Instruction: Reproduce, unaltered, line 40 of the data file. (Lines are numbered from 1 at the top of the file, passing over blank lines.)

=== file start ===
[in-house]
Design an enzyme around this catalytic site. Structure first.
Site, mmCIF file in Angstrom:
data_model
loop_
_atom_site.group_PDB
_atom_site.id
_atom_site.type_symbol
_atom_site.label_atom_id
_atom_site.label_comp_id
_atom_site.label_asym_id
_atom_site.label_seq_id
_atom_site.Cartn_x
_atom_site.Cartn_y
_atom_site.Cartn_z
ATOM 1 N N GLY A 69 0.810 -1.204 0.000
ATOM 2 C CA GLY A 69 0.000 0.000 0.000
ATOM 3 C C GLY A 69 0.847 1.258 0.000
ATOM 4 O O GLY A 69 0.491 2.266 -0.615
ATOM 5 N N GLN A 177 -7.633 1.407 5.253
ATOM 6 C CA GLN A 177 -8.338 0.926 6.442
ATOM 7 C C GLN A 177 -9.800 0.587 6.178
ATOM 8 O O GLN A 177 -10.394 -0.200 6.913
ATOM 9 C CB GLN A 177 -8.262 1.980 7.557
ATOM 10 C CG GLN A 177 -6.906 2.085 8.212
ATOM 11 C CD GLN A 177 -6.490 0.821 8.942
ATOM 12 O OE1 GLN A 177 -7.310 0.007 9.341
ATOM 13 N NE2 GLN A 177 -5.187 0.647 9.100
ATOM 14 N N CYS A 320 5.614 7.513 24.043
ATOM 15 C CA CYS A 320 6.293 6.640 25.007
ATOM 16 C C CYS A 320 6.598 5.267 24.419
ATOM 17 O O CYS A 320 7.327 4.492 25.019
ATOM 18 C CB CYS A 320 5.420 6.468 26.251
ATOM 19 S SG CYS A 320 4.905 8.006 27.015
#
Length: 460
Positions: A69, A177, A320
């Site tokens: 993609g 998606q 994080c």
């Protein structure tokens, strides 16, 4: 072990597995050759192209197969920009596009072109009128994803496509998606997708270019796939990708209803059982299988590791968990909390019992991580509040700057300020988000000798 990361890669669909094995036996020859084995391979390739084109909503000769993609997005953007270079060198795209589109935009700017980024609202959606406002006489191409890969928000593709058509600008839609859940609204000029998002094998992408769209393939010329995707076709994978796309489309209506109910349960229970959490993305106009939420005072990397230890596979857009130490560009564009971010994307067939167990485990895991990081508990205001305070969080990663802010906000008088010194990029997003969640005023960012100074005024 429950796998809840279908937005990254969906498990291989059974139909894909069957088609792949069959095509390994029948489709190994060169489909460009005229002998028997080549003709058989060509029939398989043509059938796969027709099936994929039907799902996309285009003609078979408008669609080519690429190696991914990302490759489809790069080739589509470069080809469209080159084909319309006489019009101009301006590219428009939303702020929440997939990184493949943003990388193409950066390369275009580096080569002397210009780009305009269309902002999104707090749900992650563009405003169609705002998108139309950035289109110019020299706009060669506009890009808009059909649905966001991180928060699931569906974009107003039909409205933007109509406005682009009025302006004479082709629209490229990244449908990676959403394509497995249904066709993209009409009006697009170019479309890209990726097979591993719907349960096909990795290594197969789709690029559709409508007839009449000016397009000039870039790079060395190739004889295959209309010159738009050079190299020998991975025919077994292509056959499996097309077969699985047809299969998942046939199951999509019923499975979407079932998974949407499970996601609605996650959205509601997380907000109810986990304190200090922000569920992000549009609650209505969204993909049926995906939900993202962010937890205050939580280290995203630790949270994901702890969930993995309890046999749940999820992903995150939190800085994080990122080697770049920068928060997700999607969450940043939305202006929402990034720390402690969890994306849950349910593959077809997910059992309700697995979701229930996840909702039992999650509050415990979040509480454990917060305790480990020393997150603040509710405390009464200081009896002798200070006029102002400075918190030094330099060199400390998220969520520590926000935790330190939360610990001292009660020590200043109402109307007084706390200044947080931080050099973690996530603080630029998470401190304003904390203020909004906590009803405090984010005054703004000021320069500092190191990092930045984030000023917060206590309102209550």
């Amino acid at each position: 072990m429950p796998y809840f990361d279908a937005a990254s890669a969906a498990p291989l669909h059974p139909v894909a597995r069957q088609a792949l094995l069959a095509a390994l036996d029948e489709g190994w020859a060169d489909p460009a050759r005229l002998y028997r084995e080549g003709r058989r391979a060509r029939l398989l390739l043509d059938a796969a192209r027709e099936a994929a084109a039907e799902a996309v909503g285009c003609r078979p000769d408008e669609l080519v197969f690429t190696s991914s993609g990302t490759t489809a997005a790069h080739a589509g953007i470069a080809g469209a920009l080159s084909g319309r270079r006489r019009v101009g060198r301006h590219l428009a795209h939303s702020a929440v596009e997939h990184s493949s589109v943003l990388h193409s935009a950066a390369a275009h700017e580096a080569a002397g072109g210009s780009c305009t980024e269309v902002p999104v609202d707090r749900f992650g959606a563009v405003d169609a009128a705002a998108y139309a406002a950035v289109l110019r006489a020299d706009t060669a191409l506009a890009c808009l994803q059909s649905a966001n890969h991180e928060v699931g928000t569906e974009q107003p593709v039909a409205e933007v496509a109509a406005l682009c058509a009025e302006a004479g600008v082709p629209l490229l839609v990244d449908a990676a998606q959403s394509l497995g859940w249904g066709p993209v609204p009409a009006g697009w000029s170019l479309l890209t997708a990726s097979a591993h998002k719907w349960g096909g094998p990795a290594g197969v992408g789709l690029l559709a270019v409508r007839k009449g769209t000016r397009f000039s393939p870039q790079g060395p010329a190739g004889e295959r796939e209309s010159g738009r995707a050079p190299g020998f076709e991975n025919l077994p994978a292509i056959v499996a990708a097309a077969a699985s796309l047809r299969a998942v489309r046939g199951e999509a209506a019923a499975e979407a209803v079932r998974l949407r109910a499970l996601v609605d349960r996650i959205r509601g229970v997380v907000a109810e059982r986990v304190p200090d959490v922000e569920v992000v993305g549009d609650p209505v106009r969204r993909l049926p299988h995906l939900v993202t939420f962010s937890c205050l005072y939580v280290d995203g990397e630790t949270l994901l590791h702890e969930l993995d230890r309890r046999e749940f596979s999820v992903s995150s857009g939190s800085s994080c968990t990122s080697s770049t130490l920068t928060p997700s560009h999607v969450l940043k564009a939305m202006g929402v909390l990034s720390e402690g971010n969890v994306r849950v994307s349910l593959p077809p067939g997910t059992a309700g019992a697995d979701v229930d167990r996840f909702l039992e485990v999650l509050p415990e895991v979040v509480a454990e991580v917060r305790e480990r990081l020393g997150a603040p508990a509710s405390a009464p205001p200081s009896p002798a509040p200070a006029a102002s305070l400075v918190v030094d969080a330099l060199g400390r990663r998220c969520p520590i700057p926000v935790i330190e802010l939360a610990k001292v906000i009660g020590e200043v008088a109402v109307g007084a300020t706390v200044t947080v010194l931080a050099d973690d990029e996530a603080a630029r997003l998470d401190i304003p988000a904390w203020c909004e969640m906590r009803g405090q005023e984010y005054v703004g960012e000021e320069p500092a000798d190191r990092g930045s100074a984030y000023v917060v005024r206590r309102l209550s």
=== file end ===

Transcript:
């Amino acid at each position: 072990m429950p796998y809840f990361d279908a937005a990254s890669a969906a498990p291989l669909h059974p139909v894909a597995r069957q088609a792949l094995l069959a095509a390994l036996d029948e489709g190994w020859a060169d489909p460009a050759r005229l002998y028997r084995e080549g003709r058989r391979a060509r029939l398989l390739l043509d059938a796969a192209r027709e099936a994929a084109a039907e799902a996309v909503g285009c003609r078979p000769d408008e669609l080519v197969f690429t190696s991914s993609g990302t490759t489809a997005a790069h080739a589509g953007i470069a080809g469209a920009l080159s084909g319309r270079r006489r019009v101009g060198r301006h590219l428009a795209h939303s702020a929440v596009e997939h990184s493949s589109v943003l990388h193409s935009a950066a390369a275009h700017e580096a080569a002397g072109g210009s780009c305009t980024e269309v902002p999104v609202d707090r749900f992650g959606a563009v405003d169609a009128a705002a998108y139309a406002a950035v289109l110019r006489a020299d706009t060669a191409l506009a890009c808009l994803q059909s649905a966001n890969h991180e928060v699931g928000t569906e974009q107003p593709v039909a409205e933007v496509a109509a406005l682009c058509a009025e302006a004479g600008v082709p629209l490229l839609v990244d449908a990676a998606q959403s394509l497995g859940w249904g066709p993209v609204p009409a009006g697009w000029s170019l479309l890209t997708a990726s097979a591993h998002k719907w349960g096909g094998p990795a290594g197969v992408g789709l690029l559709a270019v409508r007839k009449g769209t000016r397009f000039s393939p870039q790079g060395p010329a190739g004889e295959r796939e209309s010159g738009r995707a050079p190299g020998f076709e991975n025919l077994p994978a292509i056959v499996a990708a097309a077969a699985s796309l047809r299969a998942v489309r046939g199951e999509a209506a019923a499975e979407a209803v079932r998974l949407r109910a499970l996601v609605d349960r996650i959205r509601g229970v997380v907000a109810e059982r986990v304190p200090d959490v922000e569920v992000v993305g549009d609650p209505v106009r969204r993909l049926p299988h995906l939900v993202t939420f962010s937890c205050l005072y939580v280290d995203g990397e630790t949270l994901l590791h702890e969930l993995d230890r309890r046999e749940f596979s999820v992903s995150s857009g939190s800085s994080c968990t990122s080697s770049t130490l920068t928060p997700s560009h999607v969450l940043k564009a939305m202006g929402v909390l990034s720390e402690g971010n969890v994306r849950v994307s349910l593959p077809p067939g997910t059992a309700g019992a697995d979701v229930d167990r996840f909702l039992e485990v999650l509050p415990e895991v979040v509480a454990e991580v917060r305790e480990r990081l020393g997150a603040p508990a509710s405390a009464p205001p200081s009896p002798a509040p200070a006029a102002s305070l400075v918190v030094d969080a330099l060199g400390r990663r998220c969520p520590i700057p926000v935790i330190e802010l939360a610990k001292v906000i009660g020590e200043v008088a109402v109307g007084a300020t706390v200044t947080v010194l931080a050099d973690d990029e996530a603080a630029r997003l998470d401190i304003p988000a904390w203020c909004e969640m906590r009803g405090q005023e984010y005054v703004g960012e000021e320069p500092a000798d190191r990092g930045s100074a984030y000023v917060v005024r206590r309102l209550s």